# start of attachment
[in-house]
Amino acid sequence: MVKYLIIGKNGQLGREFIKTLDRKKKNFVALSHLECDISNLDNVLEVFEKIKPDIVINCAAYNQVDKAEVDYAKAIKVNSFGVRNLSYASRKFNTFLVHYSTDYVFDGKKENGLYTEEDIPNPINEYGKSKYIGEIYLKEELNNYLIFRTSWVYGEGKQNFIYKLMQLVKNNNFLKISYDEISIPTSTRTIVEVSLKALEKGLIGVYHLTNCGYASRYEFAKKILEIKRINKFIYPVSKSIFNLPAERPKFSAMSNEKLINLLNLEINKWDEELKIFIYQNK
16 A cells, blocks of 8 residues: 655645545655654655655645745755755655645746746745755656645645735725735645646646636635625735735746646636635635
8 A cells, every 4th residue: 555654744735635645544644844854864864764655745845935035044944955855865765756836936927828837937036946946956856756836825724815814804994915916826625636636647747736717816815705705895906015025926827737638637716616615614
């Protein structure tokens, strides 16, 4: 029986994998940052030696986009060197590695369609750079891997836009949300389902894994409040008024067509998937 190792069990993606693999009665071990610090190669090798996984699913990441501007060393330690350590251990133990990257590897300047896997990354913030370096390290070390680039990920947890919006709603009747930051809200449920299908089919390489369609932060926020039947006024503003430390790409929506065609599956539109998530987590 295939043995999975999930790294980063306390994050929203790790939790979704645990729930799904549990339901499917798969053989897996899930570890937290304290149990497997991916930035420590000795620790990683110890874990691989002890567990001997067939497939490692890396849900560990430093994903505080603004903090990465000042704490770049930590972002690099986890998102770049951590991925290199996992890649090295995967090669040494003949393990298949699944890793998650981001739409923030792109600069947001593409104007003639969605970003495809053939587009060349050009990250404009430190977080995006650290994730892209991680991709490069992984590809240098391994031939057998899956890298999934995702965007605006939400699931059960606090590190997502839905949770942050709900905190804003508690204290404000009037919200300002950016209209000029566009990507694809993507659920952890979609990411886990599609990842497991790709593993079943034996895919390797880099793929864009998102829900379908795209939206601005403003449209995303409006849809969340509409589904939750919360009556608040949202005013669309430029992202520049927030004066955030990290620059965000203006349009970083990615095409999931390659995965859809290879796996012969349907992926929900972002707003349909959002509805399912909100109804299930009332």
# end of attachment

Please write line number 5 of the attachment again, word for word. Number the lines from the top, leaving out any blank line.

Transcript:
């Protein structure tokens, strides 16, 4: 029986994998940052030696986009060197590695369609750079891997836009949300389902894994409040008024067509998937 190792069990993606693999009665071990610090190669090798996984699913990441501007060393330690350590251990133990990257590897300047896997990354913030370096390290070390680039990920947890919006709603009747930051809200449920299908089919390489369609932060926020039947006024503003430390790409929506065609599956539109998530987590 295939043995999975999930790294980063306390994050929203790790939790979704645990729930799904549990339901499917798969053989897996899930570890937290304290149990497997991916930035420590000795620790990683110890874990691989002890567990001997067939497939490692890396849900560990430093994903505080603004903090990465000042704490770049930590972002690099986890998102770049951590991925290199996992890649090295995967090669040494003949393990298949699944890793998650981001739409923030792109600069947001593409104007003639969605970003495809053939587009060349050009990250404009430190977080995006650290994730892209991680991709490069992984590809240098391994031939057998899956890298999934995702965007605006939400699931059960606090590190997502839905949770942050709900905190804003508690204290404000009037919200300002950016209209000029566009990507694809993507659920952890979609990411886990599609990842497991790709593993079943034996895919390797880099793929864009998102829900379908795209939206601005403003449209995303409006849809969340509409589904939750919360009556608040949202005013669309430029992202520049927030004066955030990290620059965000203006349009970083990615095409999931390659995965859809290879796996012969349907992926929900972002707003349909959002509805399912909100109804299930009332």